Agrupamento de Escolas do Fundão, Fundão, Portugal, direct via CS5DBB
The ISS callsign is presently scheduled to be OR4ISS
The scheduled astronaut is Scott Tingle KG5NZA
Contact is a go for: Wed 2018-02-21 09:38:11 UTC 33 deg
Several stations were able to receive parts of the contact:
- https://network.satnogs.org/observations/83539/ - Station: 7 - Stony
- https://network.satnogs.org/observations/83540/ - Station: 6 - Apomahon
- https://network.satnogs.org/observations/83536/ - Station: 35 - LA1NGS
- https://network.satnogs.org/observations/83535/ - Station: 13 - OZ9AEC-VHF1
- https://network.satnogs.org/observations/83538/ - Station: 37 - DL4PD
- https://network.satnogs.org/observations/83541/ - Station: 33 - G7KSE
- https://network-dev.satnogs.org/observations/17092/ - Station: 200 - OM1LD
- https://network-dev.satnogs.org/observations/17091/ - Station: 190 - DL4PD
- https://network-dev.satnogs.org/observations/17087/ - Station: 219 - MW6CYK_Concretedog
Congratulations and 73 to all!
More details about the contact from AMSAT-BB:
Streaming video of contact: https://www.facebook.com/fabiano.moser/videos/10209007222937794/
Click here for the details
An International Space Station school contact has been planned with participants at Agrupamento de Escolas do Fundão, Fundão, Portugal on 21 Feb. The event is scheduled to begin at approximately 09:38 UTC. The duration of the contact is approximately 9 minutes and 30 seconds. The contact will be direct between OR4ISS and CS5DBB. The contact should be audible over Portugal and adjacent areas. Interested parties are invited to listen in on the 145.80 MHz downlink. The contact is expected to be conducted in English.
The school is located in Fundão, in the mainland Portugal Centre Region. This town, of approx. 9000 inhabitants, has grown in a fertile valley between the Gardunha and Estrela mountains and is located about 252 km from Lisbon and Oporto, 200 km from Coimbra and a few kilometers from the Spanish border. This is a region especially devoted to agriculture. There are also a few industries and services and an important university nearby. Olive oil, wine, and cheese are well-known products of this region, together with an increasing and important cherry production that puts Portugal in a pleasant place in the exportation rankings. The highest place in mainland Portugal is located in the neighborhood - the Estrela mountain (1997 mts.) - which brings an important number of visitors especially during the snow season.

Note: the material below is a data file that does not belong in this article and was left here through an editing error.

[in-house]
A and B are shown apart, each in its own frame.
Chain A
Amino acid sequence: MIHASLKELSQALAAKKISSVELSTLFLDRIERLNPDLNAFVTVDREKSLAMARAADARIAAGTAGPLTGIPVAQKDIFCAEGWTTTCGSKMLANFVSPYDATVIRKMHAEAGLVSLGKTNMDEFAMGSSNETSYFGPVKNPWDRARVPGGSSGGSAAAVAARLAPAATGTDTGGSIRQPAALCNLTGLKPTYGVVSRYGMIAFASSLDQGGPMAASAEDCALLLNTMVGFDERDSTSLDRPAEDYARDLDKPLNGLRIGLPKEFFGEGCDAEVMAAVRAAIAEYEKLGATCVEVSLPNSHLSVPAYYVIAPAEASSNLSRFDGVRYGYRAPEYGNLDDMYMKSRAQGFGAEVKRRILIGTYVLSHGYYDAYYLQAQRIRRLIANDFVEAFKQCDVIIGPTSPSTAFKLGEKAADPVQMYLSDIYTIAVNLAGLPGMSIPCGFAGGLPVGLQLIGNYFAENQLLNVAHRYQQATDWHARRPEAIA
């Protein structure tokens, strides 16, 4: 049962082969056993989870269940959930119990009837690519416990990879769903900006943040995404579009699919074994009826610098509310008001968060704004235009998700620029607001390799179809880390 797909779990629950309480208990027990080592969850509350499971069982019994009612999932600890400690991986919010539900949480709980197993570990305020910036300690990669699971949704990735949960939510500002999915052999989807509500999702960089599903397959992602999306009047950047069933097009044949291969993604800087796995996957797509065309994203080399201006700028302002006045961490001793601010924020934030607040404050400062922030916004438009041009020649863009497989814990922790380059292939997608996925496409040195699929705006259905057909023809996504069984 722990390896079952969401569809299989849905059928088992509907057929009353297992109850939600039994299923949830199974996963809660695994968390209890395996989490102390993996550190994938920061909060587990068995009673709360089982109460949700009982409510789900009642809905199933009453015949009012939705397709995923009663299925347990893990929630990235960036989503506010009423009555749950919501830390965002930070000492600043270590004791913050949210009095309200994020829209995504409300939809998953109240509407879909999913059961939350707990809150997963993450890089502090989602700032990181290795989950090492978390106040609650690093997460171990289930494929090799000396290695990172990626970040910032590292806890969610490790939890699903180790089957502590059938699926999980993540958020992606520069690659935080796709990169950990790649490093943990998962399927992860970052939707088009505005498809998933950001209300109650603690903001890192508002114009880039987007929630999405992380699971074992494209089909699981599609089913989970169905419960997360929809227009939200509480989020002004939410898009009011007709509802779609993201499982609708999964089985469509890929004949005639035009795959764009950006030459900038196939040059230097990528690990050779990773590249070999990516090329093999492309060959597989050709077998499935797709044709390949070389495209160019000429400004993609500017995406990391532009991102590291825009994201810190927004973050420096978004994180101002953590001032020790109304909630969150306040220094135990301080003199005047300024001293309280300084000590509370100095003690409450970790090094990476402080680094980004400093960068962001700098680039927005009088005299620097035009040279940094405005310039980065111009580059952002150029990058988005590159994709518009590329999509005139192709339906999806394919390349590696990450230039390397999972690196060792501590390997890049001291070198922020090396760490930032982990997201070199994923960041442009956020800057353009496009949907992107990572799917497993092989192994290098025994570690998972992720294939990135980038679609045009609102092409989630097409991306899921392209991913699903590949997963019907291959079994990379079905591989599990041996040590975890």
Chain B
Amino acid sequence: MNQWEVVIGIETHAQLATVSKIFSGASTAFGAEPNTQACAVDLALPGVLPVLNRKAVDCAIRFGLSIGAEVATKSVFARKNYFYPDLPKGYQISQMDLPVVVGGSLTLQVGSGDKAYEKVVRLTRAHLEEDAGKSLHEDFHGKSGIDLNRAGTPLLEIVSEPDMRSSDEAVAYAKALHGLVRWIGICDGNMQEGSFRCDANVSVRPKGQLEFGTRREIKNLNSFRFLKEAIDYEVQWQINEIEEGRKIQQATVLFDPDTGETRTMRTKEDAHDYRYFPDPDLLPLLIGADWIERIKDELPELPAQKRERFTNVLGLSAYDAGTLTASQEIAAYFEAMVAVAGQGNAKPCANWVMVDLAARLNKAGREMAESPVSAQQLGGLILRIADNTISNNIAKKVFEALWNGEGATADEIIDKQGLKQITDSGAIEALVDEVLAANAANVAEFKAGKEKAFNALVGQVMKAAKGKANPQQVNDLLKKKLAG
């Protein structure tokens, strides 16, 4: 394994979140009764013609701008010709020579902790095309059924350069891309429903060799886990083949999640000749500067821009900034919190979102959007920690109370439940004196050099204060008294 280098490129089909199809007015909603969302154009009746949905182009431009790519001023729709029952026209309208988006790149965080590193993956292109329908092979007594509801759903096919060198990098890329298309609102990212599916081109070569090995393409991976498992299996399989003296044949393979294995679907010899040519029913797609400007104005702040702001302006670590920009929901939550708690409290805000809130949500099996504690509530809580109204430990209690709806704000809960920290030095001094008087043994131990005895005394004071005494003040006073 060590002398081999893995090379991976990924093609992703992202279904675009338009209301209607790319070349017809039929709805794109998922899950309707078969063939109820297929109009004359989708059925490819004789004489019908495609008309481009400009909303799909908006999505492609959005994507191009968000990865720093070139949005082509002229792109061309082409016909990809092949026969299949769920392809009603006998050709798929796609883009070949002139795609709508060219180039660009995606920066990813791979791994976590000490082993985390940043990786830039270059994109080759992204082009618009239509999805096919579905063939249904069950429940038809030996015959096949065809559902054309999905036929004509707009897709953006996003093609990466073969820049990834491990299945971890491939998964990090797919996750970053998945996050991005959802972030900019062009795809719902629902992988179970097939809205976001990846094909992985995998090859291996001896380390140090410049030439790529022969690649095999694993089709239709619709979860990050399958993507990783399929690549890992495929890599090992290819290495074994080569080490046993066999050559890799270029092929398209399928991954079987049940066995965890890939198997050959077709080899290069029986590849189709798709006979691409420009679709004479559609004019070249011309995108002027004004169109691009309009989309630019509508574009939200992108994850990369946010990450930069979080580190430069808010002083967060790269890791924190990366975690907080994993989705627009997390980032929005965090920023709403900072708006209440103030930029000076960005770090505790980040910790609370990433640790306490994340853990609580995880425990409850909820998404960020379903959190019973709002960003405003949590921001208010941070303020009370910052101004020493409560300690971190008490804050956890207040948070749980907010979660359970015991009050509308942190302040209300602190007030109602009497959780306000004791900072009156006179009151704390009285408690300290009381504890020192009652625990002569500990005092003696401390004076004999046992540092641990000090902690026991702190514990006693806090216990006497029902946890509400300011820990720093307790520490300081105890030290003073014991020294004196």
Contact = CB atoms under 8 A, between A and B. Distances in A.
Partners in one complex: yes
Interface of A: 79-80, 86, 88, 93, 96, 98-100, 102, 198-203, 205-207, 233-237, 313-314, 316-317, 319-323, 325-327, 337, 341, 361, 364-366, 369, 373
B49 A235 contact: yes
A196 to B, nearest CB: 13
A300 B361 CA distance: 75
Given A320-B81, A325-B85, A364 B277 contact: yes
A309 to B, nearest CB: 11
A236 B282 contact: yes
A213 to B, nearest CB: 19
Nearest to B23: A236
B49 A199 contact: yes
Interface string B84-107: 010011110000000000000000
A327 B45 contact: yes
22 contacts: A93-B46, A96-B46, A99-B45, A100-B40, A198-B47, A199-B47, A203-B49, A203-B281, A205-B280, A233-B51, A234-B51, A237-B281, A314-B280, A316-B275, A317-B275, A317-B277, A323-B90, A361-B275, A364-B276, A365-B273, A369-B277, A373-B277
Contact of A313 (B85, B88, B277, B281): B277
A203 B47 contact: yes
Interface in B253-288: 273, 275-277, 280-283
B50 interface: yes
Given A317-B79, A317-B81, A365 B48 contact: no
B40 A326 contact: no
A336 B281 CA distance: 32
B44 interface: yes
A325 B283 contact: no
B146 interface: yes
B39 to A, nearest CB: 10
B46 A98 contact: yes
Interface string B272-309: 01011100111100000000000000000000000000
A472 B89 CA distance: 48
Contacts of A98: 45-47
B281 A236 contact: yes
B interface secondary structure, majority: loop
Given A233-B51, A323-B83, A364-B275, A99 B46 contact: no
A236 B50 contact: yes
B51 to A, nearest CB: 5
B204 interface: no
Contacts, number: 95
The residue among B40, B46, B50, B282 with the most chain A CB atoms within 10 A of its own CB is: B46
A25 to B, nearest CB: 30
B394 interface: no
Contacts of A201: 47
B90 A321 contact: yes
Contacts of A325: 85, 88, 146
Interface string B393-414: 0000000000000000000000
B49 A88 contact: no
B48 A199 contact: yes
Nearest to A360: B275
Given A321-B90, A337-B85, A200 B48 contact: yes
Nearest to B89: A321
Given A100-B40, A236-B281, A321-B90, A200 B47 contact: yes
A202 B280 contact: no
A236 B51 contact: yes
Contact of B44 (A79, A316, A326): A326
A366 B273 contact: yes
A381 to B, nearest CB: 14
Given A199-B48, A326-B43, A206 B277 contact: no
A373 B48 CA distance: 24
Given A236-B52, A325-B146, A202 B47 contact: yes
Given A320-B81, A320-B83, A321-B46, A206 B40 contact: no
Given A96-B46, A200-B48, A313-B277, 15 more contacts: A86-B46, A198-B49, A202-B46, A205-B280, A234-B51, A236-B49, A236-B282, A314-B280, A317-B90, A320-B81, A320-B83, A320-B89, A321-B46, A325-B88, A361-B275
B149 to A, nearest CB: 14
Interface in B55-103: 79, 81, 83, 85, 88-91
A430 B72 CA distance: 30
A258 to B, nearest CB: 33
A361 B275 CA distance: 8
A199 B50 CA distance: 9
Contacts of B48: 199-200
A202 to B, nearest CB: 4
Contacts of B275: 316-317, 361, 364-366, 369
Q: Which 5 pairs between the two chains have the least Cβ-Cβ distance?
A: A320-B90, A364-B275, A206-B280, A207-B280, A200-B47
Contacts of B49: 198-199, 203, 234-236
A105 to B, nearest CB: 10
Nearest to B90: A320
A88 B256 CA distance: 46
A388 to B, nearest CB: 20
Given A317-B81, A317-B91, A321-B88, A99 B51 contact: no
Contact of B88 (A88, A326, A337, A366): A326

In June 2012, the school has become an aggregation of several schools for students aged 3-18 which has enlarged the institution. There are 1573 students and 176 teachers. The school has a large variety of student profiles as well as families. Pupils start here the kindergarten until they complete the secondary education, which means it offers an educational project during 12 years. Besides the basic 3 cycles of studies, a wide amount of courses in the secondary education are offered. The secondary regular courses vary from Sciences and Technologies, Economics to Visual Arts and Humanities. There is also an offer of vocational courses.